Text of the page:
The following article was originally posted in our June 2015 Issue of Amplified Soccer Athlete magazine. Get the latest issue now.
Different length workouts improve different fitness components
By John De Witt, Head Sports Performance Coach, Houston Dynamo Academy & Houston Dash
When playing soccer, you need to be able to compete for a long period of time at different intensity levels. While all of us would love to be able to sprint at top speed for the entire match, our bodies are not equipped to be able to do so. In addition, there are times when slowing down makes more sense tactically. For example, when a team is attacking, often times they will possess the ball across the field in order to draw defenders to one side. This leaves openings on the other side of the field that can be exploited. Similarly, when defending, sometimes it is better to hold your position to block a passing lane instead of sprinting and leaving space unoccupied.
Covering ground at high speed is often the difference maker in games. The team or players that can move the fastest at the right time are usually more successful. When training to improve this capacity, however, it is important for you to understand a little about your body’s physiology and how it uses energy to allow movement. You do not have to be a scientist to be able to use these concepts, but you should have an idea of your body’s energy systems to help improve your training.
Briefly, the body has three different sources of energy that are used depending on the duration of the activity. Activities that last for only a few seconds, like jumping, diving, or very short sprints of a few seconds or less rely on the phosphocreatine system. Activities that last from 10 seconds to about a minute and a half rely on the lactic acid system. Both the phosphocreatine and lactic acid system are anaerobic, or produce energy without the use of oxygen. The third system, the aerobic system, is for activities that last longer than a minute and a half and relies on oxygen.
This brings out the main lesson – your training program should have some activities that train each system. Since the body’s response to training is specific, in order to improve each system you have to train each system. In my last article I wrote about high intensity interval training, also known as HIIT. HIIT is training by having higher intensity work bouts separated by periods of rest. High intensity is defined as the highest level that you can work for each specific system, but keep in mind that the highest intensity you can exercise at for aerobic workout will not be the same as for an anaerobic workout.
I want you to think about how fast you can run a mile, and how fast you can sprint the length of the field. My guess is that you can’t run the mile at the same pace as you run the full-field sprint, but you will be tired after each activity. The point is that you can perform HIIT when you run the mile by running a mile as fast as you can, recovering, and then running another mile and so on. The intensity for the mile is still high – it just isn’t as high as when you sprinted the length of the field.
The important point here is that as an athlete, you have 3 main systems that you use to provide energy during a soccer match, and it is important that you train all 3 systems. Training results in improvements – these improvements include being capable of working at a higher intensity for a given system, or being able to recover faster so you can repeat activities more often. Think of it this way – everyone will use the anaerobic and aerobic energy systems for all activities. A trained person could be able to use the aerobic system for an intensity level that an untrained person has to use the anaerobic system. Since the anaerobic system only allows activity for a minute or two, once that time has been reached, the untrained person will have to slow down or stop. The trained person will keep going!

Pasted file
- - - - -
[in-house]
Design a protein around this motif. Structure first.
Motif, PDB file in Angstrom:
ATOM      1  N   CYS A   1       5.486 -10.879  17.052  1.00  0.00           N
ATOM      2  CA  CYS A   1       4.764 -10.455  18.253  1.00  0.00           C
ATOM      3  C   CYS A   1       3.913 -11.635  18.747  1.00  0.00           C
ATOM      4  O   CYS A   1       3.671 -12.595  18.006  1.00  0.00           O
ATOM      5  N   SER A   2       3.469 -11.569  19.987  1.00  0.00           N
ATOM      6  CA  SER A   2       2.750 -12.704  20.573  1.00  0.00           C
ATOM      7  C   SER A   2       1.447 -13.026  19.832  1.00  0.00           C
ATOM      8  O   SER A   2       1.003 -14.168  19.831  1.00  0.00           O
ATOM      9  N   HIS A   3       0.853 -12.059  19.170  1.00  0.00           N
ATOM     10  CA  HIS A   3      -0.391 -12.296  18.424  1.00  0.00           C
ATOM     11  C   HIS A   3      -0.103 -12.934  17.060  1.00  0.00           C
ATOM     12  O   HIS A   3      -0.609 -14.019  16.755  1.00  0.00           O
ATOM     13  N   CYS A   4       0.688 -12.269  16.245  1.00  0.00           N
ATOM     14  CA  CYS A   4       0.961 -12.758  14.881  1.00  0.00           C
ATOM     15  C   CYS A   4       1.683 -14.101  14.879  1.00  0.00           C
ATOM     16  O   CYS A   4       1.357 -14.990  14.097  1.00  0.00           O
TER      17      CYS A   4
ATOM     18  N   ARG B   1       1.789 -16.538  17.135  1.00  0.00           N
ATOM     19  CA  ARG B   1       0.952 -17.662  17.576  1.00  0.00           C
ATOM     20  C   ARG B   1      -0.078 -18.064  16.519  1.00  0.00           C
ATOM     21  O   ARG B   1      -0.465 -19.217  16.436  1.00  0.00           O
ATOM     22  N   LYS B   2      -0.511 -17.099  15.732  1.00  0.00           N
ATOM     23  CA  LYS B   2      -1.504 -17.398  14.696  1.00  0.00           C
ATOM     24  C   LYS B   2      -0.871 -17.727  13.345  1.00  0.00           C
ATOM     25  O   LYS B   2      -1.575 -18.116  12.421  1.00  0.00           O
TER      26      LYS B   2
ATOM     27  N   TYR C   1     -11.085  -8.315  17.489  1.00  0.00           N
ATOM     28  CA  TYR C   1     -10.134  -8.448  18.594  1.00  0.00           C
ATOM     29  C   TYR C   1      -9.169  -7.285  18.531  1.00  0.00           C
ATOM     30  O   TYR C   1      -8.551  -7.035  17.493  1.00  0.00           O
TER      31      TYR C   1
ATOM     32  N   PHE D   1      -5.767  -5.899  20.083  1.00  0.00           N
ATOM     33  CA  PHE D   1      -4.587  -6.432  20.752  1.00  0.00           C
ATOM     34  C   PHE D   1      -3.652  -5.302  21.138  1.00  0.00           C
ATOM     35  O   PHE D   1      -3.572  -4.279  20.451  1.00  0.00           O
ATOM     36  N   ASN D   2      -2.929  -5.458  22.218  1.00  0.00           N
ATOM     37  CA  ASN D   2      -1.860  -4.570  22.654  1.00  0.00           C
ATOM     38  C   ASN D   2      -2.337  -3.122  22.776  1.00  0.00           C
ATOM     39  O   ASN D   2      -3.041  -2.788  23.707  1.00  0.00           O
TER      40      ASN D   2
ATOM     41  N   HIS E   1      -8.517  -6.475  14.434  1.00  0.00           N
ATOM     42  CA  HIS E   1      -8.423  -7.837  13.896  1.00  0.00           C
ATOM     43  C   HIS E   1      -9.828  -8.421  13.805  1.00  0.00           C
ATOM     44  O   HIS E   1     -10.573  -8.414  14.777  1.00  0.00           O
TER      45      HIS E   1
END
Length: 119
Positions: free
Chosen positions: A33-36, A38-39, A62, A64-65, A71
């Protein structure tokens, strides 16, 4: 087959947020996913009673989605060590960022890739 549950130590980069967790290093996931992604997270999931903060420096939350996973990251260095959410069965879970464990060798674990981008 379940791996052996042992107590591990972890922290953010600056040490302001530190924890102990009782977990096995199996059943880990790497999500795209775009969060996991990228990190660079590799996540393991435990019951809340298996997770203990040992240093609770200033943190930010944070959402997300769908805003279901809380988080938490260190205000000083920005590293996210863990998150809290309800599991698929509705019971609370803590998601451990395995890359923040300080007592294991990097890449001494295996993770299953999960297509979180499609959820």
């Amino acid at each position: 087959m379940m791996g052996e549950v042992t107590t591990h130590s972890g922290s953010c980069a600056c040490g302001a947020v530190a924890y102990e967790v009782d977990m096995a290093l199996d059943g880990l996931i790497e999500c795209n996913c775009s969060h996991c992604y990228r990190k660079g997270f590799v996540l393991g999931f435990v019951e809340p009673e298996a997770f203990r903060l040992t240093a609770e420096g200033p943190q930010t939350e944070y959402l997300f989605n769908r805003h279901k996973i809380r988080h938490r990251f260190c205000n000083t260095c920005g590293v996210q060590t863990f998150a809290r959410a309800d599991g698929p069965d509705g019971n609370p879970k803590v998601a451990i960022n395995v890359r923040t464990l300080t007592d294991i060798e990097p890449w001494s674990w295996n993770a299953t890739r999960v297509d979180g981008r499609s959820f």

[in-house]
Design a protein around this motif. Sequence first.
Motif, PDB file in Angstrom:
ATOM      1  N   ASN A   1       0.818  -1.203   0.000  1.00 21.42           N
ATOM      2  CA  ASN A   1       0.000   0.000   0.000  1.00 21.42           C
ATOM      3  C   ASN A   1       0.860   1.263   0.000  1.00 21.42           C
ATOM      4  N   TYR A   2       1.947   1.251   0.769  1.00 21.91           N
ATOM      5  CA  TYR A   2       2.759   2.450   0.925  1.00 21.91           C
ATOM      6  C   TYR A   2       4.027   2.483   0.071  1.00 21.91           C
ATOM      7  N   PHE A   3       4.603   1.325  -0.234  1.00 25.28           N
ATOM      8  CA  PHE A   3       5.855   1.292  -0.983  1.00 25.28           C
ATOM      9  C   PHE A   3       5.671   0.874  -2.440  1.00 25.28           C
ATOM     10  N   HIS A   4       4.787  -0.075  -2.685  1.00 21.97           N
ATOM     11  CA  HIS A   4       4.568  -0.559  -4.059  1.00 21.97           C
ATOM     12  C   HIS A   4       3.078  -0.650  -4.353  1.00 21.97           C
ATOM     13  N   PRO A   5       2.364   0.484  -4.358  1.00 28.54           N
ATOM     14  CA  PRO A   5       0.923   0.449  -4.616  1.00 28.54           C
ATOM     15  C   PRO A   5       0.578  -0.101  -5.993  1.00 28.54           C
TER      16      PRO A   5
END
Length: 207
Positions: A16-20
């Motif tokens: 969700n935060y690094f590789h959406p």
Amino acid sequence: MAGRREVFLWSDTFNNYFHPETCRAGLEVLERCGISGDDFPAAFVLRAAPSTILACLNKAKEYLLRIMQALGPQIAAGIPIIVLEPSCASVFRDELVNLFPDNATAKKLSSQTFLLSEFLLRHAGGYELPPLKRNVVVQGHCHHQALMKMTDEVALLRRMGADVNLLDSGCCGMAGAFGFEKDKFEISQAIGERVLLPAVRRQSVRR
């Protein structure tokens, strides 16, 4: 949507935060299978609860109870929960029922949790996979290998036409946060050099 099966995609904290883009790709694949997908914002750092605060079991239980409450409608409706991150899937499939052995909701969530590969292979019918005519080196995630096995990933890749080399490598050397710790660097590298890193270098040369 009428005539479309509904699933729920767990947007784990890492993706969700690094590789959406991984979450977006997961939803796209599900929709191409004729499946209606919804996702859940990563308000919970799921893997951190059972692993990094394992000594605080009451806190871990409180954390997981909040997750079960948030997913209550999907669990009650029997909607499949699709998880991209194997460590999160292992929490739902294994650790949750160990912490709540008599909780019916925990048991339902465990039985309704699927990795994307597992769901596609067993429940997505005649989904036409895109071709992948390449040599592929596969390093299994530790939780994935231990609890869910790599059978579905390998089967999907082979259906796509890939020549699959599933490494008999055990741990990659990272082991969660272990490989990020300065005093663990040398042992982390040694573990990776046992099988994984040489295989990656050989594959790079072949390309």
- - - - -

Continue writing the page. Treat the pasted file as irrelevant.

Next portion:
The key point of this article is that when you are working on conditioning, you should perform HIIT at varying interval lengths. For best results, interval times of 10s, 30s, 1 min, 2min, and 4 min should be used. When I work with players, I like to use 6-10 minute work bouts, and rest intervals that are the same or a little longer than the work intervals. When you add the work and rest time together, you can determine the repetitions that can be completed. For example, if you are doing a 10s work and 10s rest workout, each repetition takes 20s, so for 8 minutes you will complete 24 sprints. For a 30s interval with 30s rest, you will complete 8 reps. Get it?
The Workout Plan
When varying your conditioning workouts, you can use two methods. Choose which works for you, and you can use both depending on your needs.
- During a conditioning session, perform multiple 6-8 minute bouts of exercises, but for each bout select a different work duration. For example, if you are going to perform 3 bouts, make the first 2 minute intervals, the second 30 s intervals, and the third 10 s intervals. Rest 4-5 minutes between bouts. Your intensity level will be different for each activity. Since you want to move as fast as possible for each activity, a good rule of thumb is to perform the first rep at your highest intensity and use that distance as the target distance for the rest of the reps. Since you will tire out, maybe use the first rep distance minus a few yards as the target.
- If you complete multiple conditioning sessions each week, make the focus of each session specific to an interval length, but change the focus each day. For example, one day is 10s intervals, the next is 30s intervals, and so on. Complete 3-4 bouts, but make each interval duration the same.
For each of these approaches, the length of time for the entire workout is about 25 minutes plus rest – not very much time but a lot of impact!